YasSS - Yet Another (Simple|Stupid) Sudoku Solver

On my common project page I already introduced YasSS. Here is a more detailed description.

What is YasSS?

YasSS is a command line C++ program that solves given Sudokus.

The actual work is done in a class the encapsulates all the functionality, so it should be easy to set up another GUI for it.

Documentation

You can read the yasss man page and the yasss-curses man page online.

How It Works

YasSS stores the Sudoku field in a two-dimensional array. For each cell there is stored which numbers can be entered there.

The actual solver is discussed below.

Header File of Class Sudoku

If a cell contains a zero, it is empty.

#ifndef _MORITZ_FIELD_
#define _MORITZ_FIELD_
#include <iostream>

// a Sudoku playing field implemented as a 2d fixed size array
// contains consistency checks and a solver.
class sudoku {
	public:
		sudoku();
		// creates a field with in ital data. 0 means "not set".
		// Note that the first coordinate is considered as x, so if
		// you create an array char f= {{1 ,2 ...}, {..}} you will get
		// the transposed sudoku field. but don't worry, sudoku is
		// invariant under transposition
		sudoku(char init_data[9][9]);
		sudoku(char* init_data);

		// creates a field with initial data. 0 means "not set".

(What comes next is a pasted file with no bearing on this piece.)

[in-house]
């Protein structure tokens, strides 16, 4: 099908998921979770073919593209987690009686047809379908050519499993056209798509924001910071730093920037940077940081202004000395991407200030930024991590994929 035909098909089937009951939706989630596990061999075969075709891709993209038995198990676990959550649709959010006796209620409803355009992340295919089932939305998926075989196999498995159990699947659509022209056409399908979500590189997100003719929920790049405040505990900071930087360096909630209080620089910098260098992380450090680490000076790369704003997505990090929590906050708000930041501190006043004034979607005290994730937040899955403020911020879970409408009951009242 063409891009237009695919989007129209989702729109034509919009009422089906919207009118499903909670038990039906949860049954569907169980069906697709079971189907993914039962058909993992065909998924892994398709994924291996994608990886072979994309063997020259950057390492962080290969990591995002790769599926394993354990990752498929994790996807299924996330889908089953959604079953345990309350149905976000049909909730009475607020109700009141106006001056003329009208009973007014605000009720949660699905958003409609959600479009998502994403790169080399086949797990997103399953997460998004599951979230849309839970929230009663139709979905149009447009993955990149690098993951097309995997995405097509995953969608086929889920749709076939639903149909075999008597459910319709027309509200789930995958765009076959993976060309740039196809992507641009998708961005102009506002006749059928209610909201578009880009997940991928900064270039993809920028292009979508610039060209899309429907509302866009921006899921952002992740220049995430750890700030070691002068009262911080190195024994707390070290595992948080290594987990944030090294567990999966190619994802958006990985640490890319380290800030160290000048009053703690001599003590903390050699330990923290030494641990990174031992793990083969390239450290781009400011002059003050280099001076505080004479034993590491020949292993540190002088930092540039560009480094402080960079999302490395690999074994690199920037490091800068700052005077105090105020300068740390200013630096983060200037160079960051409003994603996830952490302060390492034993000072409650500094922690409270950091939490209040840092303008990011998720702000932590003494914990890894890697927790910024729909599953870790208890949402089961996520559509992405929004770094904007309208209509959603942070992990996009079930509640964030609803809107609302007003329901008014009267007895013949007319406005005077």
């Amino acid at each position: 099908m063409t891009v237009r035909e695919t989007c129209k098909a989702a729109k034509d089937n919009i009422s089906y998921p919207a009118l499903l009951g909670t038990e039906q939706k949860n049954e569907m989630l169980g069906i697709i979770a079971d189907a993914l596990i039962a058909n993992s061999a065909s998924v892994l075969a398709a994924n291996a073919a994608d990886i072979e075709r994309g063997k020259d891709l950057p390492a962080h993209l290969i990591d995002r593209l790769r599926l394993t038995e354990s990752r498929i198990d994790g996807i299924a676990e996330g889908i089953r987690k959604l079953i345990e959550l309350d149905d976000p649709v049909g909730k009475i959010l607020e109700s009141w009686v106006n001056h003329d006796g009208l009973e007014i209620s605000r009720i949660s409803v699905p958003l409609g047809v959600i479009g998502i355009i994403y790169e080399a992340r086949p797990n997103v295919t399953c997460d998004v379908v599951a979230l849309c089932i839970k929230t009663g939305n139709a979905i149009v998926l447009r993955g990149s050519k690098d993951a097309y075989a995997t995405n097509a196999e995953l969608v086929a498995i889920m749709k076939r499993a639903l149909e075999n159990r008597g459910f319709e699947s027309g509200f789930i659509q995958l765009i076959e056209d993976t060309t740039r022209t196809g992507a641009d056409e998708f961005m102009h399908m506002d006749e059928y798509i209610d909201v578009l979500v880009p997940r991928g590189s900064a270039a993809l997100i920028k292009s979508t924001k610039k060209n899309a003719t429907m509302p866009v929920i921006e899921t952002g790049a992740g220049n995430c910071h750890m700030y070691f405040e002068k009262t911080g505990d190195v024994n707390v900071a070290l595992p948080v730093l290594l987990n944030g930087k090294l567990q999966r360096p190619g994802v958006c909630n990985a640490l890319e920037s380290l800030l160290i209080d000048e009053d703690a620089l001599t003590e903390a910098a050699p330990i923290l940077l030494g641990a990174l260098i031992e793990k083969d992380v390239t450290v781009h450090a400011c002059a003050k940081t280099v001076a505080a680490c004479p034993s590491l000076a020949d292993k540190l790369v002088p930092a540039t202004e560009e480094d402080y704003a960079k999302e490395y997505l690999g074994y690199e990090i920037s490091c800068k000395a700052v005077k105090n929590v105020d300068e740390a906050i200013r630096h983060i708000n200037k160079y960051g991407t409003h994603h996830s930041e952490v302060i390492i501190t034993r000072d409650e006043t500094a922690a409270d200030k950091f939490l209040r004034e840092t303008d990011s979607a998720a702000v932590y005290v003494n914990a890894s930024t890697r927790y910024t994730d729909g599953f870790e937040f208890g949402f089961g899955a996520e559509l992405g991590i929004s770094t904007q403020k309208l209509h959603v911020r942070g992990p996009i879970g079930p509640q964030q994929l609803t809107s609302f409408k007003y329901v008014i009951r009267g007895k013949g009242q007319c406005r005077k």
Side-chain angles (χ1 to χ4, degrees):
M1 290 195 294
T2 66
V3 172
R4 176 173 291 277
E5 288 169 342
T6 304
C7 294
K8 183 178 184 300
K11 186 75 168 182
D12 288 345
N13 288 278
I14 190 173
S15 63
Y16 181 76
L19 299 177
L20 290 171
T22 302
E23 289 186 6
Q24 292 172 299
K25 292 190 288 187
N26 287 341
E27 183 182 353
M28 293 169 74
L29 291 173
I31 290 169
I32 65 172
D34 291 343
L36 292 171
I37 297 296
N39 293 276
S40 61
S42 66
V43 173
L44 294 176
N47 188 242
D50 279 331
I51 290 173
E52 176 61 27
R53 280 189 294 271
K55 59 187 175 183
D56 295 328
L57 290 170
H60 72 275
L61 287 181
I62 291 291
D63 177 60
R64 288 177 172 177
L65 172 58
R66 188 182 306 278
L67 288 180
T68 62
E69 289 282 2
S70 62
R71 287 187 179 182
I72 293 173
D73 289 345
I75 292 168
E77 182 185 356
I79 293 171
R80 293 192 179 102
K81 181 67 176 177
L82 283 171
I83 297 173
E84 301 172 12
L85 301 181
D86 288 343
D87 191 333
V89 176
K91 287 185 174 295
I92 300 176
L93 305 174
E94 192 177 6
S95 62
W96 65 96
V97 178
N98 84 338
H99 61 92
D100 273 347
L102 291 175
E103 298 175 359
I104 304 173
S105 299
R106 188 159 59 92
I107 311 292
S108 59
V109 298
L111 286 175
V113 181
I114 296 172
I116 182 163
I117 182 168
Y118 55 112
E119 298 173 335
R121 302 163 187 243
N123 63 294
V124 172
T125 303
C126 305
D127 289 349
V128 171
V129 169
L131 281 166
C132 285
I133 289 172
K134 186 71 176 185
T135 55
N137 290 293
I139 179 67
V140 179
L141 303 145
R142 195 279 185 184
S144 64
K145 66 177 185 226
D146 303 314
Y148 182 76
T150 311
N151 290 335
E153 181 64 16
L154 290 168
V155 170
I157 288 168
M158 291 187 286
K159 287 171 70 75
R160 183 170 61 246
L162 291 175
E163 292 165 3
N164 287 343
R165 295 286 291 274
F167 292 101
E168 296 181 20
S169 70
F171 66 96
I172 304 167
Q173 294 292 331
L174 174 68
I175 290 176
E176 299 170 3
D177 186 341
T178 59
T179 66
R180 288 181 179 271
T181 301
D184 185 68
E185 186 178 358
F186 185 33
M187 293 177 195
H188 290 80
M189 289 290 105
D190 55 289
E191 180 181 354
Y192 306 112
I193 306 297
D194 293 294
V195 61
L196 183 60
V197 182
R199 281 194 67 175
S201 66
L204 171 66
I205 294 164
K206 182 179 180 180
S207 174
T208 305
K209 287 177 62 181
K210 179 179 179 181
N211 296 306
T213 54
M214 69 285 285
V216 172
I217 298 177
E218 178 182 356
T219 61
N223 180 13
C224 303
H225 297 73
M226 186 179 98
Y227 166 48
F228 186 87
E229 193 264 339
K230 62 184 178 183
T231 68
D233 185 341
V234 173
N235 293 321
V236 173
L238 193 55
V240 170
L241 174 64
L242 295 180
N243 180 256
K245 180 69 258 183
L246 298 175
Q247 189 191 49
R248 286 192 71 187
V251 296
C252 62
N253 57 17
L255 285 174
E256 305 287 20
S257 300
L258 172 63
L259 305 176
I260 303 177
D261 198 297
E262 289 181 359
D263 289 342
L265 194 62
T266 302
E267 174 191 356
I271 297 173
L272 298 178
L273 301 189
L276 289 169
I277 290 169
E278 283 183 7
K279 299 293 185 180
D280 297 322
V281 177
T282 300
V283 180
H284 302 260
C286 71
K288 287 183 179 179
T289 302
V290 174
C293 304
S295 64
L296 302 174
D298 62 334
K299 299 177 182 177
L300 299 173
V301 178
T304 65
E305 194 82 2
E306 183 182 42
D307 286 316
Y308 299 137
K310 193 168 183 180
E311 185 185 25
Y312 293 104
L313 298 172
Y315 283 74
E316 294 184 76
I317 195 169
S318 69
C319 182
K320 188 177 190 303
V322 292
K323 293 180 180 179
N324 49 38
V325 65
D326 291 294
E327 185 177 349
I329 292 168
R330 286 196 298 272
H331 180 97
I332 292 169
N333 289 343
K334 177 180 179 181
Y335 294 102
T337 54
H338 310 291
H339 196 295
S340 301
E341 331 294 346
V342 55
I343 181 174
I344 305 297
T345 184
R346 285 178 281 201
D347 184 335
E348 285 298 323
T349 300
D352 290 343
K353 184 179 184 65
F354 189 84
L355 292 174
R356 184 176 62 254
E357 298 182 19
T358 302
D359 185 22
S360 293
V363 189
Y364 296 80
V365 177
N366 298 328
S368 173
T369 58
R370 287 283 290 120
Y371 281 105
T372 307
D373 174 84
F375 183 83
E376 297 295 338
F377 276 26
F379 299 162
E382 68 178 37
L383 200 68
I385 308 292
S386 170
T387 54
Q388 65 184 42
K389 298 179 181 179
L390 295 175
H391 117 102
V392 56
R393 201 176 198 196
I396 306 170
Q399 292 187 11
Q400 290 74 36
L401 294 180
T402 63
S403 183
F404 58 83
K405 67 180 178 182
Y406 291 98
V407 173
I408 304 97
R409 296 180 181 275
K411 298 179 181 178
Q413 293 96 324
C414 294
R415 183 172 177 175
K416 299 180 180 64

// Note that the first coordinate is considered as x, so if
		// you create an array char f= {{1 ,2 ...}, {..}} you will get
		// the transposed sudoku field. but don't worry, sudoku is
		// invariant under transposition
		sudoku(int init_data[9][9]);

		// generates a rather simplistic output to the given stream
		// call as pretty_print(cout) or something like that...
		void pretty_print(std::ostream &handle);

		// just print all chars in one row
		void print(std::ostream &handle);

		// sets item (x, y) to val
		// assumes that it is doesn't lead to an intermediate
		// conflict with sudoku rules
		// which is equivalent to saying it requires 
		// allowed_set(val, x, y) to be true
		void set_item(char val, int x, int y);

		// get entry at position (x, y)
		// 0 means "unset"
		int get_item(int x, int y);
		
		// returns true if it doesn't lead to a direct error if you
		// set (x, y) to val
		// If data[x][y] != 0 the return value is 
		// true if val == data[x][y]
		bool allowed_set(char val, int x, int y);

		// try to solve the puzzle. Returns true on success.
		bool solve();
		
		// returns true if there is no zero entry left, e.g. the
		// problem is solved correctly.
		bool is_solved();

		// returns true if there is no possibility to continue without
		// violating rule
		bool is_stuck();
	protected:

		// contains 0 for unset values and the corresponding value 
		// if the value is set
		char data[9][9];

		// allowed[x][y][i] is true if and only if it is possible to